Carson City Sheriff’s department use dirt bikes to patrol |

Carson City Sheriff’s department use dirt bikes to patrol

Carson City Sheriff’s Office has a new way of getting around town: KTM-500 dirt bikes.

The office is implementing a new program through the motor unit in order to be able to reach more areas of Carson City that were previously difficult to get to. With the new dirt bike patrols, officers can patrol the back country areas in order to keep it safe for people to use.

“We aren’t out to hassle people, but if bad people know that we are out here, the bad people will stay away so that the good people can enjoy it,” said Deputy Thomas Miller, one of the officers on the dirt bike patrol.

The program was started last year, said Sgt. Scott McDaniel. He said deputies responded to some crashes in order to test the waters. This year, they are actively patrolling with the dirt bikes.

“This is just another way to serve the community by getting where we couldn’t before,” McDaniel said.

The dirt bike patrols will help eliminate problems such as illegal dumping, drug use and underage drinking in the back country. Deputy Joey Trotter, the other officer on the dirt bike patrol, said they had found a burned vehicle in the back country that was illegally dumped there, and with the dirt bikes, they were able to reach the scene more easily.

“(The program) will make it more accessible,” Trotter said.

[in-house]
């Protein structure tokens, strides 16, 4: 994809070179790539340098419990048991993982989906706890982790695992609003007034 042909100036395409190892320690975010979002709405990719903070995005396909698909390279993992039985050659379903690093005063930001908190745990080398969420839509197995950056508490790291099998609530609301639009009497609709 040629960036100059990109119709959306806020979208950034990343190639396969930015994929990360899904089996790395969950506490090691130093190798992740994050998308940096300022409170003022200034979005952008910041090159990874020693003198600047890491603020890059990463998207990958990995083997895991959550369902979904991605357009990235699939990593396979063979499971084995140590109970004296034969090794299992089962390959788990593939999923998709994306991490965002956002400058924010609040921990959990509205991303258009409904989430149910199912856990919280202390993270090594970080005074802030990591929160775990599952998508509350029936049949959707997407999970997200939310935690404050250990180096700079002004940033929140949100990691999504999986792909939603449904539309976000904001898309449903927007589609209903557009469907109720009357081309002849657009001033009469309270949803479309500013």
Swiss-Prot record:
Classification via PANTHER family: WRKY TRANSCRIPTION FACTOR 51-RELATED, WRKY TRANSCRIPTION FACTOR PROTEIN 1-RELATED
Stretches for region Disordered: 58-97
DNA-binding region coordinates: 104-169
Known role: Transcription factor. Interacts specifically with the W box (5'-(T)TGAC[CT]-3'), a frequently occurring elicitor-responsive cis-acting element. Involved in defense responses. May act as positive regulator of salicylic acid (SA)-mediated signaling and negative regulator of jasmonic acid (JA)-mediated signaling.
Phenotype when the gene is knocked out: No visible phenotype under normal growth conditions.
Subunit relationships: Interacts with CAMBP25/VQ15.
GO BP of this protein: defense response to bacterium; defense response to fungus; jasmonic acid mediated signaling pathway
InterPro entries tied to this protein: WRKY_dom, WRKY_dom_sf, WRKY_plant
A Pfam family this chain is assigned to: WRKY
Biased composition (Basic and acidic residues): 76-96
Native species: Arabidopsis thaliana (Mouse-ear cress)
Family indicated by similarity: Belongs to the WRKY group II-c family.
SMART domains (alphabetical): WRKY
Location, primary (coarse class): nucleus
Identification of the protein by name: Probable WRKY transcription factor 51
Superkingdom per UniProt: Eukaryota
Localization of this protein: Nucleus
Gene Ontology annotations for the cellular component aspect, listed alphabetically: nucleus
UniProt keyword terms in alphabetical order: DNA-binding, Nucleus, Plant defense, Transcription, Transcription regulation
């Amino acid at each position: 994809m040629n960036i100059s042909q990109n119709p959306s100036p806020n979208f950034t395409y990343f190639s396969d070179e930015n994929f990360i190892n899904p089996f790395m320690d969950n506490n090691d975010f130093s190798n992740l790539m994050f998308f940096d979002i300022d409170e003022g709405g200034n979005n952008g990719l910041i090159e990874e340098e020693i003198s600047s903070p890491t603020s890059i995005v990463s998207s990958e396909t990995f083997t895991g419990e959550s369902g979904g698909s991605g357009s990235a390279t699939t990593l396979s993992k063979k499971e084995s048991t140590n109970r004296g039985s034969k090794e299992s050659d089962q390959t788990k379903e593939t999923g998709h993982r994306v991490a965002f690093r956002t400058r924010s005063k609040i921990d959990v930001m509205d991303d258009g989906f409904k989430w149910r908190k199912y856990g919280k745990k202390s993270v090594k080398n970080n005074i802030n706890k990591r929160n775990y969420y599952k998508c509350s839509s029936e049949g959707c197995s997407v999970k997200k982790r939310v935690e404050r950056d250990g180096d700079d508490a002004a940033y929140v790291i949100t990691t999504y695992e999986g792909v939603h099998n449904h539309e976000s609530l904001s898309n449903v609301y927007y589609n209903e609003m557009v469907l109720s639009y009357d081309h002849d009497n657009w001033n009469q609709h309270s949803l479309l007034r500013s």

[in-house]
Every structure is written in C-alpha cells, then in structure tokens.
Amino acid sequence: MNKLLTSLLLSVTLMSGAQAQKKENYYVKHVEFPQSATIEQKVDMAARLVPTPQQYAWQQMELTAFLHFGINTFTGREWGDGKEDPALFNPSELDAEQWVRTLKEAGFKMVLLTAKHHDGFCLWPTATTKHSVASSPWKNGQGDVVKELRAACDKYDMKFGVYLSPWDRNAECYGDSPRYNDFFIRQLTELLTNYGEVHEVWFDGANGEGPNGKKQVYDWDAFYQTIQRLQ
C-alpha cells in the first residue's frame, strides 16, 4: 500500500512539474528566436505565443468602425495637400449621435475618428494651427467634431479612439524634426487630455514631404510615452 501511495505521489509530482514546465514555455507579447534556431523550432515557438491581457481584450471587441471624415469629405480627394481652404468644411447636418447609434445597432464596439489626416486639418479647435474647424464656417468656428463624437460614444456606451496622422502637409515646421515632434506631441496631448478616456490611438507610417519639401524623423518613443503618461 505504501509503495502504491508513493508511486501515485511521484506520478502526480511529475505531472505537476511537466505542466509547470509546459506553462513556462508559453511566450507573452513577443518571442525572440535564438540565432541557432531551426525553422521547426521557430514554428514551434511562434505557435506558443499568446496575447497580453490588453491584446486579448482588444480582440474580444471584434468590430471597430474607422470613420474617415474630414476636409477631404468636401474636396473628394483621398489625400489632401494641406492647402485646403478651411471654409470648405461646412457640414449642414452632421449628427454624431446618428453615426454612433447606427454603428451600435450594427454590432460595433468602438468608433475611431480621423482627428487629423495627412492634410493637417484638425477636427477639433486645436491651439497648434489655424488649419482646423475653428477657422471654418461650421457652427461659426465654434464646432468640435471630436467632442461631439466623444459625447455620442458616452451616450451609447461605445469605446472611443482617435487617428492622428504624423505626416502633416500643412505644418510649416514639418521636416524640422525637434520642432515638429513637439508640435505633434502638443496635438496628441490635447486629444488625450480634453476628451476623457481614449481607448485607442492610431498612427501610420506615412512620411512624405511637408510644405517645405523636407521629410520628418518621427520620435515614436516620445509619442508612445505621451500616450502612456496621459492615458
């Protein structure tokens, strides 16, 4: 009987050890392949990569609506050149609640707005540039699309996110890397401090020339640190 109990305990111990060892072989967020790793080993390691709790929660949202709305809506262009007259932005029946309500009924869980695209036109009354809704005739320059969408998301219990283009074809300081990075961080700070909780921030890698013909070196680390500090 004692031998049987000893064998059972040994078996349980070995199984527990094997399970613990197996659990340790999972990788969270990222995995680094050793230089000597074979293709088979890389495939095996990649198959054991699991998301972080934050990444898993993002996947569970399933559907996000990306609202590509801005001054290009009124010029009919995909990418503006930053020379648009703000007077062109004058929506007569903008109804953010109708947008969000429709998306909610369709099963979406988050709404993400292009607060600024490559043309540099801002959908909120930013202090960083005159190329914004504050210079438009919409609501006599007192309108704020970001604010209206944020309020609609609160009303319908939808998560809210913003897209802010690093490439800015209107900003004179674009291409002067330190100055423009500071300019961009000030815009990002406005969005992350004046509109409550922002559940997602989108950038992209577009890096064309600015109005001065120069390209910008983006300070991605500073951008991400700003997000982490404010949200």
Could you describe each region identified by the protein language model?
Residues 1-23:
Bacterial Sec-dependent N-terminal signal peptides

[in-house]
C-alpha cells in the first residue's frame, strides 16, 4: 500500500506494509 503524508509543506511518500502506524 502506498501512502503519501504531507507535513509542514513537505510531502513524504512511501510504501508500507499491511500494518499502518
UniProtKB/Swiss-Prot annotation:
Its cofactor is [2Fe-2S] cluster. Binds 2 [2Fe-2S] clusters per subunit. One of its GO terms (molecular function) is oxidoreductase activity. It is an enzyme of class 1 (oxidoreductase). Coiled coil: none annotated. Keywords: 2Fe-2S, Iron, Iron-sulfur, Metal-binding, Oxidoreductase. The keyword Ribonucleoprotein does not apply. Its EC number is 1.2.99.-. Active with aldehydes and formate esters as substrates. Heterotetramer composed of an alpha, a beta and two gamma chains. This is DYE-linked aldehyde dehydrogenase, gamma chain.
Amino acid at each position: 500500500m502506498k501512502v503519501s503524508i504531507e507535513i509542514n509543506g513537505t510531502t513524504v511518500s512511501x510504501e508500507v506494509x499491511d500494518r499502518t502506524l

Deputies also will carry vehicle registration for ATVs and dirt bikes so if they come across residents who own unregistered vehicles, they can fix the problem right away without a citation.

With the program being so new, only a few officers are on the dirt bike patrol, but McDaniel hopes to expand the program so all of the Motor Unit deputies are also trained for dirt bike patrols.

All officers must complete three weeks of training with Miller and Trotter in order to use the dirt bikes.

“Right now, we are only doing four to six dirt bike patrols a month, but that will change depending on (how we can man the patrols),” McDaniel said. “We would like to see all motor officers have their own dirt bike and be able to educate the public and teach them about dirt bike safety.”

Funding for the dirt bike patrol is coming from the Sheriff’s Office’s general funds, Sheriff Ken Furlong said.

Follow reporter Taylor Pettaway on Twitter at @TaylorNVAppeal.